It may have impressive steel and glass skyscrapers but the entire city seems to be surrounded by slums and shanty towns. Billionaires live cheek by jowl with the slum dwellers but life goes on as usual for them. There is a huge inequality of income which is not being addressed by the government.
Mumbai has recently been declared the 12th richest city in the world
, according to New World Health, the South Africa based global market research group. New York is the richest city in the world. Mumbai has a total wealth of $960 billion and has 45,000 millionaires and 28 billionaires while it also has Dharavi — the largest slum in Asia.
There are many books written on Dharavi and films made on the life there, including the latest film “Gully Boy”. Yet it remains an enigma because it is so vibrant, yet so poorly maintained and that too right in the middle of Mumbai.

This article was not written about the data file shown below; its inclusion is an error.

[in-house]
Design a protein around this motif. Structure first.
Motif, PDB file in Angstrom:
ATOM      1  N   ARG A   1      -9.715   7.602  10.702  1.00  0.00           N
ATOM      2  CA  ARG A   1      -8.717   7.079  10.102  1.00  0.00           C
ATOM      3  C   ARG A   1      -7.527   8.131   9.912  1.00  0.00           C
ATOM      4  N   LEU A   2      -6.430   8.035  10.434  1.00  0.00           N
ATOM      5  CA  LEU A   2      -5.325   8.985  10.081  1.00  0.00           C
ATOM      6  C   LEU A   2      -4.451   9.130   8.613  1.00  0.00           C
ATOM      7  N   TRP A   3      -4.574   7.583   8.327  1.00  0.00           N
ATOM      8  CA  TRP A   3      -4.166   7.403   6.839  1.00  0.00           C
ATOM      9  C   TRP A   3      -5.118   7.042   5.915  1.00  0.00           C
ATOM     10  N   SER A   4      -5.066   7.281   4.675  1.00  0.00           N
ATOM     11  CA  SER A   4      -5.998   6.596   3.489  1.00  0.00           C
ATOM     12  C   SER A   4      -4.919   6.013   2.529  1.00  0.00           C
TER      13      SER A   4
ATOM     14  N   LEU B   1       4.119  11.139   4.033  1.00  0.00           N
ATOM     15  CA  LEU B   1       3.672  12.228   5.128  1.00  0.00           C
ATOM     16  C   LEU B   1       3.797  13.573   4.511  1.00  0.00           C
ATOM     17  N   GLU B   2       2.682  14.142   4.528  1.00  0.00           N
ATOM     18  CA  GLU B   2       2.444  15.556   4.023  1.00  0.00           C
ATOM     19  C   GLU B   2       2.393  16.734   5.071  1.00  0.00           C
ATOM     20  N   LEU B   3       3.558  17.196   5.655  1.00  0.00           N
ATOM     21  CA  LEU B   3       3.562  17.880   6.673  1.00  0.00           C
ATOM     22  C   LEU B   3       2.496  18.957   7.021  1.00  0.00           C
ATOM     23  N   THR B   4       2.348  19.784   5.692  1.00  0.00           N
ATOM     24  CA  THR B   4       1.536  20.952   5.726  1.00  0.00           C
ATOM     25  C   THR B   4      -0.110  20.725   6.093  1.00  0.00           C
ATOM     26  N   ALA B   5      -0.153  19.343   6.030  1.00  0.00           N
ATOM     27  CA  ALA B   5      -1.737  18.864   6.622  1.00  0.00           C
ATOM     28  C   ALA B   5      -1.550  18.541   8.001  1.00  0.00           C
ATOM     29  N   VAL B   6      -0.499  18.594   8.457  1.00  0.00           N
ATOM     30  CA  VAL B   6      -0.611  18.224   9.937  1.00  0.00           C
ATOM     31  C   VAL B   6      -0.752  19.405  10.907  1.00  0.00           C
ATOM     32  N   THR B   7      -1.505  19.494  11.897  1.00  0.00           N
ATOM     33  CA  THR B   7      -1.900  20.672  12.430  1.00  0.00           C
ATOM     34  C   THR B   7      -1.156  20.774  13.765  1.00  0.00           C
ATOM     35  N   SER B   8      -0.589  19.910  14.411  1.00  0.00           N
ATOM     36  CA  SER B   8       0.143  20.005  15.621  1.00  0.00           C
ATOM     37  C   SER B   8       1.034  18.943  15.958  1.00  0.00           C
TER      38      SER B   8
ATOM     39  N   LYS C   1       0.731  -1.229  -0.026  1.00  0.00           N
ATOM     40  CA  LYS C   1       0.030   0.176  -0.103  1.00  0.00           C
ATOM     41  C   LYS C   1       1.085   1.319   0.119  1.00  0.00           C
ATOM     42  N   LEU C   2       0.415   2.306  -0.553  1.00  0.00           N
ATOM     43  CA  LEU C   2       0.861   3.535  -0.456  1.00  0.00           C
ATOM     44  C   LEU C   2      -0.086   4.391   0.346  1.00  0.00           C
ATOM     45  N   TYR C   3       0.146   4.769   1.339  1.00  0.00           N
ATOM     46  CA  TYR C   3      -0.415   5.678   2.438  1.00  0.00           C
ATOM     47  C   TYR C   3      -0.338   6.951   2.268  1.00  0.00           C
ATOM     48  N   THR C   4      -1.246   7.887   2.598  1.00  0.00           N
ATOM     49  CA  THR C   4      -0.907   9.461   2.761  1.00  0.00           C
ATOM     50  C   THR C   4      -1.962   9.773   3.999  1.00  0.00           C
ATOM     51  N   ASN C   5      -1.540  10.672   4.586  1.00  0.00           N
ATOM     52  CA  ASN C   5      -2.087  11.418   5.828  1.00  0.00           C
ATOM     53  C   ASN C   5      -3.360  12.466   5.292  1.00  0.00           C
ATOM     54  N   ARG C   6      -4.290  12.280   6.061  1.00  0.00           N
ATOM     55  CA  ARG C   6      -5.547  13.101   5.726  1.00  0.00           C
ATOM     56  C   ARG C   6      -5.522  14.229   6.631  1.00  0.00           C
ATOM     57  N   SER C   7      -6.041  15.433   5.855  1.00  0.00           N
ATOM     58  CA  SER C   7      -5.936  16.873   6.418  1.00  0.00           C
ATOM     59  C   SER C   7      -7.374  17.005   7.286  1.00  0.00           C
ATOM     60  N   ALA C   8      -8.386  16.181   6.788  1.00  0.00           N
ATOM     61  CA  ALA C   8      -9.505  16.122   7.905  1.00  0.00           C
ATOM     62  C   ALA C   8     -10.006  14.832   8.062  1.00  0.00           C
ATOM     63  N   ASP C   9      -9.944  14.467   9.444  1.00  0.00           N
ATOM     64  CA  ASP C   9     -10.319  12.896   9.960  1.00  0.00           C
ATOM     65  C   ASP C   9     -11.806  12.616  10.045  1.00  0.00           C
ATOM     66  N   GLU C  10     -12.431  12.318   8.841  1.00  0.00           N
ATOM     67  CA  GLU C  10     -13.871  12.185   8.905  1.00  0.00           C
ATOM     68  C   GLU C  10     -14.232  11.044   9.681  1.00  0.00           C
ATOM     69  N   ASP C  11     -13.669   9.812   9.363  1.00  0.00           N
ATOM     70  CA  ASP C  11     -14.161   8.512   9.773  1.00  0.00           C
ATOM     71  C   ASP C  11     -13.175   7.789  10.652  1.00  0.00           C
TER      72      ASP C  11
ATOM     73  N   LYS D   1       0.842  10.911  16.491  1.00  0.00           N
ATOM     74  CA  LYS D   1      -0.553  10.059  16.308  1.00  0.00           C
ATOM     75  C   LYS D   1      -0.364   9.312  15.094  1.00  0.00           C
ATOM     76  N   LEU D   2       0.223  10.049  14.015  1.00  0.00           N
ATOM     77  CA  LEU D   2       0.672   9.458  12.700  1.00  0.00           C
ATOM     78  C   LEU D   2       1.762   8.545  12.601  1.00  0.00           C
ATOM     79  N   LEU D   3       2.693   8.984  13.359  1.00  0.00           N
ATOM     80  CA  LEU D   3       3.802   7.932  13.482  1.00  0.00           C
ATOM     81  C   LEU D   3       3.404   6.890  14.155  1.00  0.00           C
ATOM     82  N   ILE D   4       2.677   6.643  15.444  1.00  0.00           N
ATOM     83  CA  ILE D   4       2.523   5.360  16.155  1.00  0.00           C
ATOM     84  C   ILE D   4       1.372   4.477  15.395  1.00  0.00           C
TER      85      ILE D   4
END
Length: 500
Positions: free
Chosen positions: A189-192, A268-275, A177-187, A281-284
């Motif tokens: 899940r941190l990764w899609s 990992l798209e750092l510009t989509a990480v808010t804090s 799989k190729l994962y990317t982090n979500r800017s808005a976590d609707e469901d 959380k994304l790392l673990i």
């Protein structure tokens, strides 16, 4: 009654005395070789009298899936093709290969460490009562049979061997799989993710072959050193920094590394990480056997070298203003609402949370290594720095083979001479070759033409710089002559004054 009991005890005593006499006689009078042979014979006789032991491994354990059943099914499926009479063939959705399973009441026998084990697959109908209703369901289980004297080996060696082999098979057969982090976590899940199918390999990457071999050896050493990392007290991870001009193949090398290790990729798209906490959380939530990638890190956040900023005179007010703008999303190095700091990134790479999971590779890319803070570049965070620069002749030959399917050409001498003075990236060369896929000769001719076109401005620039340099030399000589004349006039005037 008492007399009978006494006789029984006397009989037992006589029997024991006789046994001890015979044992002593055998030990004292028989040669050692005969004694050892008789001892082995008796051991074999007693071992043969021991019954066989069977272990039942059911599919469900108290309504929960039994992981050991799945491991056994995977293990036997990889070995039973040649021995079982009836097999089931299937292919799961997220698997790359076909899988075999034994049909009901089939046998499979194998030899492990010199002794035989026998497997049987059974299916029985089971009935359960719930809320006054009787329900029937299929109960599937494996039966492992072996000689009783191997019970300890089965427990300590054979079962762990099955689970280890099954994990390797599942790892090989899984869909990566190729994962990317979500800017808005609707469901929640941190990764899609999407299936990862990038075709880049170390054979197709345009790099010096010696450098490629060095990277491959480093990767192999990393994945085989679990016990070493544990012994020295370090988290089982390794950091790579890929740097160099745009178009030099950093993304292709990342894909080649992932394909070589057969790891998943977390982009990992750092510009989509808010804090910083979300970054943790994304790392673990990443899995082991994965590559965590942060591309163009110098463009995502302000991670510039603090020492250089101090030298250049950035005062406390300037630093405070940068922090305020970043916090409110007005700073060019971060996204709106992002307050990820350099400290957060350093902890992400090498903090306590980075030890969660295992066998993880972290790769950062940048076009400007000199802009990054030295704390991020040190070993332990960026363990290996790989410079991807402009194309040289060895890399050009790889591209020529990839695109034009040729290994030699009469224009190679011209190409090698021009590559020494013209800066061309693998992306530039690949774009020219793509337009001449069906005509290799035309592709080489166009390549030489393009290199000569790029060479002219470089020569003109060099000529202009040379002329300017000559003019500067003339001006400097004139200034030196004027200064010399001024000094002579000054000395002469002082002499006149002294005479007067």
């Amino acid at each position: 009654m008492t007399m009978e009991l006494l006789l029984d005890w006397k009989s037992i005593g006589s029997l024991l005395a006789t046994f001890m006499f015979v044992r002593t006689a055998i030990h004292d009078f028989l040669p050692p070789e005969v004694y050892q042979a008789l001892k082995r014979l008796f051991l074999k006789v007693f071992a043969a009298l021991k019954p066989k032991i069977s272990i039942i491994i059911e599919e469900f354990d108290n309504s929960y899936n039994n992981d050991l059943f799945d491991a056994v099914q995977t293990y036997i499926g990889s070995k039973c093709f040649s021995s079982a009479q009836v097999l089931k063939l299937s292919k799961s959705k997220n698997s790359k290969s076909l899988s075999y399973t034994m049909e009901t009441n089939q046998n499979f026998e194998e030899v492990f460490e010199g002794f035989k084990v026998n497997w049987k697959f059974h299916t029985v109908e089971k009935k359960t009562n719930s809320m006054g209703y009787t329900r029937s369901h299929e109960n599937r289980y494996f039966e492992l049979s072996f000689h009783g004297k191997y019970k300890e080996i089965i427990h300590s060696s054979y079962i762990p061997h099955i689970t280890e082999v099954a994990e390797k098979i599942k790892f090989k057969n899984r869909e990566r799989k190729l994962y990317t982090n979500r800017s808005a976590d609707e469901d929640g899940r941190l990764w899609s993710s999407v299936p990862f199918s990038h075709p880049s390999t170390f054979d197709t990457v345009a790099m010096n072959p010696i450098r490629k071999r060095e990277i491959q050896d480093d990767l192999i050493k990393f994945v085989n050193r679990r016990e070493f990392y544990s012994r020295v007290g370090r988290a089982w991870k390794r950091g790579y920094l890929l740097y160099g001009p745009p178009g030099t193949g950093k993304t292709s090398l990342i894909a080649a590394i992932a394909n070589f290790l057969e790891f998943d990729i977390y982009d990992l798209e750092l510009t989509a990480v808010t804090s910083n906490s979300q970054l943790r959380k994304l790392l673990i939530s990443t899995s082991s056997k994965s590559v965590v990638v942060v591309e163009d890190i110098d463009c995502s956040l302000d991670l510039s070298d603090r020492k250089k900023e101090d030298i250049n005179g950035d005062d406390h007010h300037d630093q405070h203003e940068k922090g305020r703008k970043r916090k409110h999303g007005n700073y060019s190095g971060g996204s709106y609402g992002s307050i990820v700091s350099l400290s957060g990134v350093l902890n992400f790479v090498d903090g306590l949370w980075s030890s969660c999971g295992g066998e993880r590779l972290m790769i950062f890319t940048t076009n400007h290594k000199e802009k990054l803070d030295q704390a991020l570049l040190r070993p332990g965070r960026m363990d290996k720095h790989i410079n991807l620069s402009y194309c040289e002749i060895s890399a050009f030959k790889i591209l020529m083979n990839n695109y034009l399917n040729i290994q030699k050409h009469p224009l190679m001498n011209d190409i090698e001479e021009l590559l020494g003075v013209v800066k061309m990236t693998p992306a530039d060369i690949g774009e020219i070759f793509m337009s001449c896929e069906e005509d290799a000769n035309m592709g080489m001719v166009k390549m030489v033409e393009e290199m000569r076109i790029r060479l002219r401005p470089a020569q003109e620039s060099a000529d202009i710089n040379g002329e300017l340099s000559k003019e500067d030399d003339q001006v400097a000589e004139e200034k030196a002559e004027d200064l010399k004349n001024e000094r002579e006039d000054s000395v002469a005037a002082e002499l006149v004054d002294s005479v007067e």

Its production is worth $665 million per year and houses a diverse community of people from all religions, castes and creed. Leather products are a specialty as well as machine parts and components which are fed into the manufactures of SMEs. The entire production process seems to be well integrated with globalisation and e-commerce is common. It is the opportunity to earn a living that attracts migrants to Dharavi and even if their accommodation is grossly inadequate, people opt to live there. Toilets are scarce and each toilet is used by around 190 people. The streets are full of piles of garbage and filth fills the water bodies and drains.
It is the opportunity to earn a living that attracts migrants to Dharavi and even if their accommodation is grossly inadequate, people opt to live there.